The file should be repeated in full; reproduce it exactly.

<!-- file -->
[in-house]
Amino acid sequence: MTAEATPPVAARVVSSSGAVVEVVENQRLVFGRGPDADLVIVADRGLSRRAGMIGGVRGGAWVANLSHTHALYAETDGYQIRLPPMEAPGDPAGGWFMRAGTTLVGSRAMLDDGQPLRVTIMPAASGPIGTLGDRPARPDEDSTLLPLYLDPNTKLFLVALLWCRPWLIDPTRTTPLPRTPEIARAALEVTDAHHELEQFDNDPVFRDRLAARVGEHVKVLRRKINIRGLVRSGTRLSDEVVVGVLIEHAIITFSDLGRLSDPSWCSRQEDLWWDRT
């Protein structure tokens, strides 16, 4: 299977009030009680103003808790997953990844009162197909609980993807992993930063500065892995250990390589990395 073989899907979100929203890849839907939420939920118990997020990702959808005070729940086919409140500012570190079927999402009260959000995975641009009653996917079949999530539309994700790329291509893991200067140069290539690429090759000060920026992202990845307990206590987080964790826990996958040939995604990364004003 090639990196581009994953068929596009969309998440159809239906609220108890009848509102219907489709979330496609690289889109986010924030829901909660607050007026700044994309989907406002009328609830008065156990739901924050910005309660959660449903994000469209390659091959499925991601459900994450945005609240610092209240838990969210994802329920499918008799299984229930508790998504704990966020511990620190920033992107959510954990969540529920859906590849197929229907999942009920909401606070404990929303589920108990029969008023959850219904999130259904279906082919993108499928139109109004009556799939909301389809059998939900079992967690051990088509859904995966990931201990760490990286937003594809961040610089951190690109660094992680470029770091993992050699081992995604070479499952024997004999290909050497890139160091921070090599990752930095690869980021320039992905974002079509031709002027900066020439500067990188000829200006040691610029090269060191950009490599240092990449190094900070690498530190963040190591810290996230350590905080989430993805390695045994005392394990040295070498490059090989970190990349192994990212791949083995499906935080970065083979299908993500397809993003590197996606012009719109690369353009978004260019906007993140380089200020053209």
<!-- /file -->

[in-house]
Amino acid sequence: MTAEATPPVAARVVSSSGAVVEVVENQRLVFGRGPDADLVIVADRGLSRRAGMIGGVRGGAWVANLSHTHALYAETDGYQIRLPPMEAPGDPAGGWFMRAGTTLVGSRAMLDDGQPLRVTIMPAASGPIGTLGDRPARPDEDSTLLPLYLDPNTKLFLVALLWCRPWLIDPTRTTPLPRTPEIARAALEVTDAHHELEQFDNDPVFRDRLAARVGEHVKVLRRKINIRGLVRSGTRLSDEVVVGVLIEHAIITFSDLGRLSDPSWCSRQEDLWWDRT
């Protein structure tokens, strides 16, 4: 299977009030009680103003808790997953990844009162197909609980993807992993930063500065892995250990390589990395 073989899907979100929203890849839907939420939920118990997020990702959808005070729940086919409140500012570190079927999402009260959000995975641009009653996917079949999530539309994700790329291509893991200067140069290539690429090759000060920026992202990845307990206590987080964790826990996958040939995604990364004003 090639990196581009994953068929596009969309998440159809239906609220108890009848509102219907489709979330496609690289889109986010924030829901909660607050007026700044994309989907406002009328609830008065156990739901924050910005309660959660449903994000469209390659091959499925991601459900994450945005609240610092209240838990969210994802329920499918008799299984229930508790998504704990966020511990620190920033992107959510954990969540529920859906590849197929229907999942009920909401606070404990929303589920108990029969008023959850219904999130259904279906082919993108499928139109109004009556799939909301389809059998939900079992967690051990088509859904995966990931201990760490990286937003594809961040610089951190690109660094992680470029770091993992050699081992995604070479499952024997004999290909050497890139160091921070090599990752930095690869980021320039992905974002079509031709002027900066020439500067990188000829200006040691610029090269060191950009490599240092990449190094900070690498530190963040190591810290996230350590905080989430993805390695045994005392394990040295070498490059090989970190990349192994990212791949083995499906935080970065083979299908993500397809993003590197996606012009719109690369353009978004260019906007993140380089200020053209």